Will Tesco succeed here? If anyone can, it can. But if it does, it will have little to do with them having discovered some gap in the U.S. market that no one else has recognized. Rather, it will be based on long-term commitment, skill, ability to adapt and resources.
(See File Attachments below to read the complete column.)
Mistakes Along the Way
While I have to admit to a certain satisfaction in having been right in my assessment of Fresh & Easy, I also feel some frustration in not having been able to get anyone to listen to my advice--and, as a result, seeing several billion dollars go down the drain. I say "several billion" because I not only believe that Tesco's total investment in the U.S. market, plus their accumulated losses, is considerably larger than press reports have speculated, but also for several other reasons.
First, Fresh & Easy is probably unsalable as a going entity. Any purchaser would have the same problems that have caused its demise. Second, the infrastructure built to support it--including a huge warehouse/distribution center; a large food manufacturing plant; and a fleet of delivery vehicles--is probably so specific to its operation that it would require major modification in order to be of value to any potential user. Third, its real estate, which primarily consists of 200 mostly 10,000-to-15,000-sq.-ft. retail sites in strip shopping centers, is, to say the least, not compelling as a group of stores.
In addition to the reasons cited above, Tesco also made several huge mistakes along the way. It spent millions on research and failed to uncover the importance of competitive pricing. It thought it could learn everything it needed to know by building test stores in a warehouse--and failed to test the concept with actual stores in the real marketplace before committing billions of dollars to roll it out. It truly believed that it was the best supermarket operator in the world and completely underestimated the "survival of the fittest" nature of the U.S. market and the strength of the U.S. survivors that would be their competitors. When things didn't go as planned, it got down in the weeds and tinkered with the program (decor, packaging, product line, LEED certification, etc.) instead of reevaluating the viability of the concept--and it even seem to have lied to itself about the results.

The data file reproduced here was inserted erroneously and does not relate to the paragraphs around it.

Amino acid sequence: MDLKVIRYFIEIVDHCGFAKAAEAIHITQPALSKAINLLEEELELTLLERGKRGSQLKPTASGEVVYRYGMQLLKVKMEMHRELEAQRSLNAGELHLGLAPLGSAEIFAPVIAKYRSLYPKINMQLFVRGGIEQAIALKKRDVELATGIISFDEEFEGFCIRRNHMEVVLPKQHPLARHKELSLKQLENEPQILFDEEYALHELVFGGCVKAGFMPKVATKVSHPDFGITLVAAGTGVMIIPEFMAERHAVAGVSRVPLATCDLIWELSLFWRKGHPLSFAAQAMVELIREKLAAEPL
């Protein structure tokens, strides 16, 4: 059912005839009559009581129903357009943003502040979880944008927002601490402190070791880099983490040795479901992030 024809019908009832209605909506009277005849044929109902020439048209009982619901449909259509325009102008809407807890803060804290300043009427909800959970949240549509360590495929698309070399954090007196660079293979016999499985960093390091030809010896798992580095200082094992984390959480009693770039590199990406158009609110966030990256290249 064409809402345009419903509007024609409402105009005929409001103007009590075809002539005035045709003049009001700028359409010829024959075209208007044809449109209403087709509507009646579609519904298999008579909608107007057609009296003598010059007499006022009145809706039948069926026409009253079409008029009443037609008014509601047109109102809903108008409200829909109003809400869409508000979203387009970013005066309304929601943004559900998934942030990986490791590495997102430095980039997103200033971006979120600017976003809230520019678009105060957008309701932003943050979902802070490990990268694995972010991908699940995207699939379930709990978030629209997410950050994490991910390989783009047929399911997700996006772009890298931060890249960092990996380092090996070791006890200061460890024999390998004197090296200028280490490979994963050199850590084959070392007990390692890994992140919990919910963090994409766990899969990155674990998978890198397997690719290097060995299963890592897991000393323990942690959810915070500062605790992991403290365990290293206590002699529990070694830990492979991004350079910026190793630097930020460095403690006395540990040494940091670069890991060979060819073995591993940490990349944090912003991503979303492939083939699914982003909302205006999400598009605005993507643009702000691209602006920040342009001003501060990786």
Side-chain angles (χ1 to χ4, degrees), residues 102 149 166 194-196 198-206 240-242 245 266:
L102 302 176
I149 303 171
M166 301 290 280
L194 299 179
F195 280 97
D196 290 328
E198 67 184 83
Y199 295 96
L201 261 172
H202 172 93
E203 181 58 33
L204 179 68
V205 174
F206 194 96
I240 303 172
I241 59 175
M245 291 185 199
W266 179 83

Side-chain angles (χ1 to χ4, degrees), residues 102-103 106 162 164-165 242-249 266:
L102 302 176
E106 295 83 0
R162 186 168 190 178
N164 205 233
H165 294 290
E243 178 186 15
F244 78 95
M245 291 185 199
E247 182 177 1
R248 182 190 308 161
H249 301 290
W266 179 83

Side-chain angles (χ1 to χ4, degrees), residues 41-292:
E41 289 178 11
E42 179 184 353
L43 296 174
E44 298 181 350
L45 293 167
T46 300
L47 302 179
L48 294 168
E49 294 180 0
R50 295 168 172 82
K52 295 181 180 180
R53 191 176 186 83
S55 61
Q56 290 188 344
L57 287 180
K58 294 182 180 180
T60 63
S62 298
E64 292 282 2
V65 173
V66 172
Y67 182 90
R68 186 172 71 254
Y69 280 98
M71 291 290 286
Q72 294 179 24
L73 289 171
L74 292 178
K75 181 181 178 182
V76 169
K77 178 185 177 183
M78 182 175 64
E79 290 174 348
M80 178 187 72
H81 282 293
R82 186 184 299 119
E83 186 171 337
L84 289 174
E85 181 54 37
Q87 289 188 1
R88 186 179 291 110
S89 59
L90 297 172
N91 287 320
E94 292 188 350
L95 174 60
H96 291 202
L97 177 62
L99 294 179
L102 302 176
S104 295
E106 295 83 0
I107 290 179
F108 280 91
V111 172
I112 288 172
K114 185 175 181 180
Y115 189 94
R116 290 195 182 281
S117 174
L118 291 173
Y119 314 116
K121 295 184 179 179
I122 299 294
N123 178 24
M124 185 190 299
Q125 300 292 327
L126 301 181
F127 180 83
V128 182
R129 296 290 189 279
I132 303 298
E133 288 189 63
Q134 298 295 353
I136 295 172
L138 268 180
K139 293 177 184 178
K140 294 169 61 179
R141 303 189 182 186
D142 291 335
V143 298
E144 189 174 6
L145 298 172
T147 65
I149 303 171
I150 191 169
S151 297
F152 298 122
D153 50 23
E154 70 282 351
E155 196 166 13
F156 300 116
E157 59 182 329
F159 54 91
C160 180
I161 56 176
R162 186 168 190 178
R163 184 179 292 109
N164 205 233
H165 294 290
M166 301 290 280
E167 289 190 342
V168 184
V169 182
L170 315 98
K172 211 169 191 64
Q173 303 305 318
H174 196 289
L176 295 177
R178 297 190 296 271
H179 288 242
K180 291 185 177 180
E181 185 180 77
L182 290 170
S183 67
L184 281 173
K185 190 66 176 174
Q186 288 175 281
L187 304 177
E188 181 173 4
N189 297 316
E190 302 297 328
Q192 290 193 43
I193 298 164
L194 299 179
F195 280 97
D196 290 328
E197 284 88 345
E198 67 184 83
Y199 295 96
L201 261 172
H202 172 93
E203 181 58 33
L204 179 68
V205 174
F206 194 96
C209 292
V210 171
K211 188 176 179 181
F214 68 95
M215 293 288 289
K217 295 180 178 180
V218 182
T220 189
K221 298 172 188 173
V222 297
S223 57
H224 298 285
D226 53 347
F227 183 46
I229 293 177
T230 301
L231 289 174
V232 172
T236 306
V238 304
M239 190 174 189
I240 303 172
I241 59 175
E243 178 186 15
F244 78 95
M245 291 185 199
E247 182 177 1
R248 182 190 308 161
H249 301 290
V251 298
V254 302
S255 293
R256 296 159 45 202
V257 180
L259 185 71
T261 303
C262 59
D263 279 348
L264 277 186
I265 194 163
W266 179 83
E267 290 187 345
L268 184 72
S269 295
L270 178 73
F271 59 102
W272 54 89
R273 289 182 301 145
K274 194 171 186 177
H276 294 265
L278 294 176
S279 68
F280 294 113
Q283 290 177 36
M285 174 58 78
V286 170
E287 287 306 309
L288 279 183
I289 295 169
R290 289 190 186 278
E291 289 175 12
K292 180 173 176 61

In April 2008, to The Daily Telegraph, Tesco's chairman Sir Terry Leahy "rubbished reports that Fresh & Easy …… is struggling. He said that sales at the chain are ahead of budget and that its sales per square foot--a key metric in measuring shops' success--are $20 per square foot per week, double the U.S. average." This seems to be, to say the least, an exaggeration because, in a 10,000-sq.-ft. store, that would translate into sales of more than $10 million per store per year, which is the sales volume of a good full-size supermarket. Nobody who has visited a Fresh & Easy store and seen the lack of traffic and empty shelves would feel that claim was credible.
On the other hand, in a press release in May 2008, Tesco said that it "expected Fresh & Easy shopper numbers to grow from the current 20 to 30 per hour as brand awareness increased." Based on this, if we make the favorable assumptions that the stores are open 18 hours a day, seven days a week, that every visit results in a $6 purchase; and that the average store has 25 shoppers per hour, then Fresh & Easy's average weekly sales would be $18,900 per store--or $983,000 per year. That is very low sales volume for a 10,000-sq.-ft. store. In fact, many 2,500-sq.-ft. c-stores do more. And bear in mind that Tesco then operated fewer than than 100 Fresh & Easy stores, which they supply from their own 800,000-sq.-ft. distribution center. You do the math.
Charles Dickens opening line of A Tale of Two Cities comes to mind. Is it "The best of times" ($10 million per year) or "The worst of times" (less than $1 million per year)? It depends on whether you listen to Tesco … or Tesco.
What can retailers learn from this sad tale? Several things, I think:
- Don't fall in love with a bad idea.
- Don't use research to prove that you are right, use it to get the facts.
- Listen to dissenting viewpoints.
- Test new concepts in the real world and fine tune them to make them work (or not) before going all the way.
- Never underestimate the competition.
- For foreign retailers, understand that the U.S. market is not England times seven. It is the most competitive market in the world, with vast distances, diverse cultures and 50 states each with its own laws customs and lifestyles.
- And it is always best to substitute humility for arrogance.
Gerald Lewis provides transformational retailing guidance and execution to convenience store operators. He can be reached at firstname.lastname@example.org or (646) 215-7741. For more information go to www.geraldlewisteam.com.